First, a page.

Conservation of Vulnerable Species in Galapagos through Effective Management of Invasive Plants and Invertebrates
Charles Darwin Foundation
Scientists monitor a plot of controlled quinine in the Santa Cruz highlands. (Photo © Lorea Cardas)
- The invasive blackberry found in Galapagos was determined, in 2016, to have originated from China; this knowledge is vital in the search for a biological control agent.
- Rust fungi has been shown to be promising as a viable biological control for blackberry in Galapagos; with the knowledge that the blackberry in Galapagos originates from China, a search for the precise fungus is planned.
- Research determined that blackberry may not need to be completely eradicated if a method for sufficient control is discovered.
- A natural die-back of invasive quinine in Galapagos that began around 2008-2010 has continued. Current studies to determine the cause and whether that can be used in a long-term control program have begun.
The unique animals and plants of the Galapagos Archipelago have experienced few extinctions, mainly due to late colonization by humans and the high level of protection provided by the Government of Ecuador. Nevertheless, native species have been seriously affected by land use change and invasive species, particularly on the five human-inhabited islands of Santa Cruz, San Cristóbal, Floreana, Isabela, and Baltra.
As of 2017, scientists had confirmed that 810 introduced plant species were established in Galapagos. Over 80% were brought to the Islands deliberately for agricultural or domestic use by individuals unaware of their potential to cause harm. Many of the plants introduced for cultivation have spread and threaten native species and habitats.
There are 70 species of introduced insects established in Galapagos. Currently, the Charles Darwin Foundation (CDF), with support from Galapagos Conservancy, is involved in a series of research projects to combat the most aggressive invasive species.
Introduced blackberry (© H. Jäger)
Blackberry (Rubus niveus), a spiny shrub from Asia, was introduced to Santa Cruz and San Cristóbal Islands in the 1970s. It has since spread to Isabela, Floreana, and Santiago Islands. Blackberry invades the wetter parts of the islands, forming dense thickets up to 13 feet tall. It grows rapidly and has a massive seed bank. The dense blackberry thickets prevent recruitment of native seedlings and impact native plant communities such as the unique Scalesia forest, along with the native animal species that inhabit them.
Project leader Heinke Jäger monitors quinine. (© L. Cardas)
Quinine (Cinchona pubescens) was introduced to Santa Cruz Island in the 1940s. It is one of the most invasive woody species in Galapagos, adversely impacting native vegetation. Considered a “transformer” species, quinine has changed the species composition and community structure of the Santa Cruz highlands. Ongoing efforts by the Galapagos National Park Directorate (GNPD), using both manual and chemical control, are not feasible on a broad scale. In addition, research has revealed that these control methods may result in more harm than good. Current research focuses on improving the effectiveness of these techniques, while exploring other control options.
The potential of using biological control for both blackberry and quinine is being explored. This would involve the release of natural enemies (most likely a disease or insect species) of the target species. Biological control is one of the best permanent and self-sustaining management solutions for widespread plant invasions over large areas. However, biological control agents must be specific to the target species. Pre-release testing, which often requires several years, is vital to ensuring that the agent will not negatively impact the native ecosystem.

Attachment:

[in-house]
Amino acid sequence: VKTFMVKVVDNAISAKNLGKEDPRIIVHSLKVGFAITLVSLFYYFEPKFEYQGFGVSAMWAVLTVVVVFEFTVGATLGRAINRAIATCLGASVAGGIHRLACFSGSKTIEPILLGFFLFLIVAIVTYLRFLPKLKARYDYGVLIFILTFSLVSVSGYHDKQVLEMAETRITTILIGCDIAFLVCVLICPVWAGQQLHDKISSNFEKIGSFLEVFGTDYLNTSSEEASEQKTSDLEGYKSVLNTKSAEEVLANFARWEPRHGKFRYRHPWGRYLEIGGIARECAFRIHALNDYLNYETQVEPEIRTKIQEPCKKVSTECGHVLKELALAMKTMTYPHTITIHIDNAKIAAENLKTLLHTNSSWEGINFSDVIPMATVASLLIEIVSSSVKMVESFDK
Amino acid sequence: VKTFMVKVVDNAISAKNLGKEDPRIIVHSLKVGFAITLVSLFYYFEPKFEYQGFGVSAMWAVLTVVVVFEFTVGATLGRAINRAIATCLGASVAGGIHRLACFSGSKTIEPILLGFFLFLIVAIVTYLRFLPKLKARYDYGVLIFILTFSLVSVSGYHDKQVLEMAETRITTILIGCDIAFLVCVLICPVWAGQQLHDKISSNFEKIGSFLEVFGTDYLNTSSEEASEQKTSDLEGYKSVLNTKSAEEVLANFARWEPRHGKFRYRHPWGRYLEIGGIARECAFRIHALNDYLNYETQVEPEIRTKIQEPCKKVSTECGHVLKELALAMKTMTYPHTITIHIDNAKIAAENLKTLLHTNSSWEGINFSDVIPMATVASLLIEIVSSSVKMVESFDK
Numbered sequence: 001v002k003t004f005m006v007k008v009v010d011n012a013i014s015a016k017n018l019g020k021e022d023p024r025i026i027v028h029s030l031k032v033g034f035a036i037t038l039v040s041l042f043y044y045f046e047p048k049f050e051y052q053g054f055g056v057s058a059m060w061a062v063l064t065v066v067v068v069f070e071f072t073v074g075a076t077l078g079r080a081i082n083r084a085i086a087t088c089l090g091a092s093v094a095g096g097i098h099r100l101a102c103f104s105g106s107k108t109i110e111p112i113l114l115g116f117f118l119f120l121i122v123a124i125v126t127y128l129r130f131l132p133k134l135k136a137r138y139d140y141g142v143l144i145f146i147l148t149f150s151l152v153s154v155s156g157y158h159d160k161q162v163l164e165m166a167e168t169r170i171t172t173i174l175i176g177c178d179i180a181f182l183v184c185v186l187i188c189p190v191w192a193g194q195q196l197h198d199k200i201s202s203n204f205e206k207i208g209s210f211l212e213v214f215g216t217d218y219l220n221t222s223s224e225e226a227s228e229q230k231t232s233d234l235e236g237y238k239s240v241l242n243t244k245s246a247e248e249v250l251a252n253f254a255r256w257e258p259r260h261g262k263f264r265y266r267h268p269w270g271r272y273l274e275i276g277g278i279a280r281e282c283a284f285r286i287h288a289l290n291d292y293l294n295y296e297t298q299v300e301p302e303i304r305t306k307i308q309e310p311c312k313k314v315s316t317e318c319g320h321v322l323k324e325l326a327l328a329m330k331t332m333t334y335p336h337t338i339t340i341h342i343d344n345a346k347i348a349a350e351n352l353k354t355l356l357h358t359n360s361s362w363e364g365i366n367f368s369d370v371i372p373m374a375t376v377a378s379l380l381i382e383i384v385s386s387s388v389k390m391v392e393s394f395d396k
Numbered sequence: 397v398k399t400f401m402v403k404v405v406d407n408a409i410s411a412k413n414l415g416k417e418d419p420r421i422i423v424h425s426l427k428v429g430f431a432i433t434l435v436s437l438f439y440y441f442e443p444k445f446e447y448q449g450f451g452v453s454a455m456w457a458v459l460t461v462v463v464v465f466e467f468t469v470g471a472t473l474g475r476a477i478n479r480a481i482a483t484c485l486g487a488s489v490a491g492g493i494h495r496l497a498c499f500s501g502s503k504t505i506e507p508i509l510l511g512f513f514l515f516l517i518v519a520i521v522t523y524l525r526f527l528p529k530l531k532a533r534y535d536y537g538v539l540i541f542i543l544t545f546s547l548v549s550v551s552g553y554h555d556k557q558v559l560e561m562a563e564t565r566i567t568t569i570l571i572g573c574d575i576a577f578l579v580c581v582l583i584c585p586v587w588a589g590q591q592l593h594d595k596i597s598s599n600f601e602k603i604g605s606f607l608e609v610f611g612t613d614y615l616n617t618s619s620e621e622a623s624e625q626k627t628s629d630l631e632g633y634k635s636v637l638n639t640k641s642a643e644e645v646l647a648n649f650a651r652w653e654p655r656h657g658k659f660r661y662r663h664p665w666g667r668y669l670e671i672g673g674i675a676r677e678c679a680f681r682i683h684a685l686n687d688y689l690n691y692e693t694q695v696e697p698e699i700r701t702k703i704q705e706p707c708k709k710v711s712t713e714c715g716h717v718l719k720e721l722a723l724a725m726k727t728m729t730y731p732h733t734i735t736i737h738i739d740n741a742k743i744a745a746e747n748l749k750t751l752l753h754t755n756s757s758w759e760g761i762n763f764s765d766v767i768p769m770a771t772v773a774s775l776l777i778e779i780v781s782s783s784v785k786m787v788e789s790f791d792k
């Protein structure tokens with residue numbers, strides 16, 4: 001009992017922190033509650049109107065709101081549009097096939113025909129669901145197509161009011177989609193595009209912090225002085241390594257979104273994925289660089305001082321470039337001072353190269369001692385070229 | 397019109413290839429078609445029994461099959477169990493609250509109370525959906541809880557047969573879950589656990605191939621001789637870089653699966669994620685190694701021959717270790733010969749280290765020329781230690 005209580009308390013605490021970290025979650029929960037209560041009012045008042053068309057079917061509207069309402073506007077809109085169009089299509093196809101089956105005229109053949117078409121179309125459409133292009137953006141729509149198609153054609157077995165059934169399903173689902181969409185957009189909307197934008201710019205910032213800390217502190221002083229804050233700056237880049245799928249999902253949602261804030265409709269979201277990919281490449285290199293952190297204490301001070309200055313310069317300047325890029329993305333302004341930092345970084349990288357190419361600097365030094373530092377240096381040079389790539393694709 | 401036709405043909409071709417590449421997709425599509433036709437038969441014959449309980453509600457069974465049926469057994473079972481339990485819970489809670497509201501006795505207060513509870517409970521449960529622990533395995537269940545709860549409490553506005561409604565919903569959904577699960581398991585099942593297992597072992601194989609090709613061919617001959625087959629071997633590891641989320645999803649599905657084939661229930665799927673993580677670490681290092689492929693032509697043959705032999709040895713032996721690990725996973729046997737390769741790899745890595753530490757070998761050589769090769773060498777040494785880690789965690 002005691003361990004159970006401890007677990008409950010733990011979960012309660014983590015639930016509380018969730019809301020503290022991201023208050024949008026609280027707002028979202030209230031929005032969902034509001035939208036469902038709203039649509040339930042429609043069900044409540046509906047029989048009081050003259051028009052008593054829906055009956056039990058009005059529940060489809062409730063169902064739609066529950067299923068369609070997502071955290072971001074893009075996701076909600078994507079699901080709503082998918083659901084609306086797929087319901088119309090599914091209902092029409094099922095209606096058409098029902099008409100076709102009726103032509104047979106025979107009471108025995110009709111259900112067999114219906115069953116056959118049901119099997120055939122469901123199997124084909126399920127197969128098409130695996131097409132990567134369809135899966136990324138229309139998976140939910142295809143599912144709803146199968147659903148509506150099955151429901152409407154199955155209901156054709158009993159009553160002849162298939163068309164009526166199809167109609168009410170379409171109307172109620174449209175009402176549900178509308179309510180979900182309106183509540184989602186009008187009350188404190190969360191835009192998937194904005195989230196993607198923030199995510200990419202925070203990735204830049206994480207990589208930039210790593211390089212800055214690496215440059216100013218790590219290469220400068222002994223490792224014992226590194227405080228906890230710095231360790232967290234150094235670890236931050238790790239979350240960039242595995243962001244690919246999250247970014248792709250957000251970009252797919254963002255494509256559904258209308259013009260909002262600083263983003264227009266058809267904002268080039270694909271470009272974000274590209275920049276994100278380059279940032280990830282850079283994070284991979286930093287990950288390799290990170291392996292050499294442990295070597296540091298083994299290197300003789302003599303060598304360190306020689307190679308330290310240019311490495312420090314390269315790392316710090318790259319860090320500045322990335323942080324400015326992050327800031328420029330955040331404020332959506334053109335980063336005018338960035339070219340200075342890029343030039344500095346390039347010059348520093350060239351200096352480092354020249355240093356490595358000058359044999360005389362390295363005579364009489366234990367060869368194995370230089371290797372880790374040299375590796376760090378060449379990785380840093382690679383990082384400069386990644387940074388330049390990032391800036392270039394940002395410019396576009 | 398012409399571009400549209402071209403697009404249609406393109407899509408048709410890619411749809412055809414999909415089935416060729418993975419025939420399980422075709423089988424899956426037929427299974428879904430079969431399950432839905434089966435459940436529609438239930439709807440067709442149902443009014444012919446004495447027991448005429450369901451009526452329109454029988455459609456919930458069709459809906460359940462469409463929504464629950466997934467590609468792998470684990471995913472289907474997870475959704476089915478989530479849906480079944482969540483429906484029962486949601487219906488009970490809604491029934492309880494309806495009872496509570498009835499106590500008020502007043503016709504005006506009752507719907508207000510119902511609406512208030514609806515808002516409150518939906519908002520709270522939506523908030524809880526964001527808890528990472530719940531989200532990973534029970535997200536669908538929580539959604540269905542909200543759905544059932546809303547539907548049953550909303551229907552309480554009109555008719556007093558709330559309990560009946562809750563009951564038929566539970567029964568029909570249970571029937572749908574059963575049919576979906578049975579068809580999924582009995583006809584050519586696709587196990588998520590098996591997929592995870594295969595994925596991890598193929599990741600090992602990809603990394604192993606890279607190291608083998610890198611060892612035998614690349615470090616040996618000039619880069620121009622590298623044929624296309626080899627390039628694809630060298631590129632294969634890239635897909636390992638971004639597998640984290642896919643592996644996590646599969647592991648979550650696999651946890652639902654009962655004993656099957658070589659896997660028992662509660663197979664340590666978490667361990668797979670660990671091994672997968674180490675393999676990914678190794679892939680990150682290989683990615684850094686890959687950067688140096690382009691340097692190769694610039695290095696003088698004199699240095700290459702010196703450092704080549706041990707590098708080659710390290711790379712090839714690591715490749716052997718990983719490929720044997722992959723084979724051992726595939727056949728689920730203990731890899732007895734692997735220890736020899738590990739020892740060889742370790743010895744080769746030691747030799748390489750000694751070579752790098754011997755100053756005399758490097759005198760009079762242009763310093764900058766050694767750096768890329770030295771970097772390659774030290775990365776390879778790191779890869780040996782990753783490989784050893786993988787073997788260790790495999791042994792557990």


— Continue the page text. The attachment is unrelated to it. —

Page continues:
Island ecosystems, where there are few endemic ant species, are especially sensitive to invasive ants, which have no natural competitors or predators. Introduced ant species often undergo exponential population growth and immediate establishment. They have the potential to seriously impact native and endemic flora and fauna. They can also affect agricultural activities, domestic animals, and can produce allergic reactions in humans.
Currently of concern in Galapagos are the little fire ant (Wasmannia auropunctata), the tropical fire ant (Solenopsis geminata), the Singapore ant (Monomorim destructor), and the big-headed ant (Pheidole megacephala). The Galapagos National Park Directorate (GNPD), the Charles Darwin Foundation (CDF), and the Galapagos Biosecurity Agency (ABG) have all been involved in efforts to study, control, and/or eradicate these species.
Introduced in 1988, the invasive wasp Polistes versicolor is now found throughout the Archipelago. The wasps prey on large numbers of native insects (especially moth and butterfly larvae), compete for food with insectivorous species, and indirectly affect other ecosystem processes, such as pollination. Polistes can cause severe allergic reactions in humans. They are commonly found in large numbers at visitor sites, local vegetable markets, and on farms.
Although there has been sporadic research to understand this species, there is not yet an effective control method. In 2015, during research on Philornis downsi, it was discovered that high numbers of Polistes were attracted to traps with yeast. The CDF and their international colleagues are currently working to develop a yeast-based bait laced with insecticide that could be used in a ‘lure and kill’ approach to target wasp nests.
Galapagos Report 2015-16: Biodiversity & Ecosystem Restoration section, see:
- Restoration of the blackberry-invaded Scalesia forest: Impacts on the vegetation, invertebrates, and birds – Jäger et al. – pages 142-148.
- Total number and current status of species introduced and intercepted in the Galapagos Islands – Causton et al. – pages 181-183.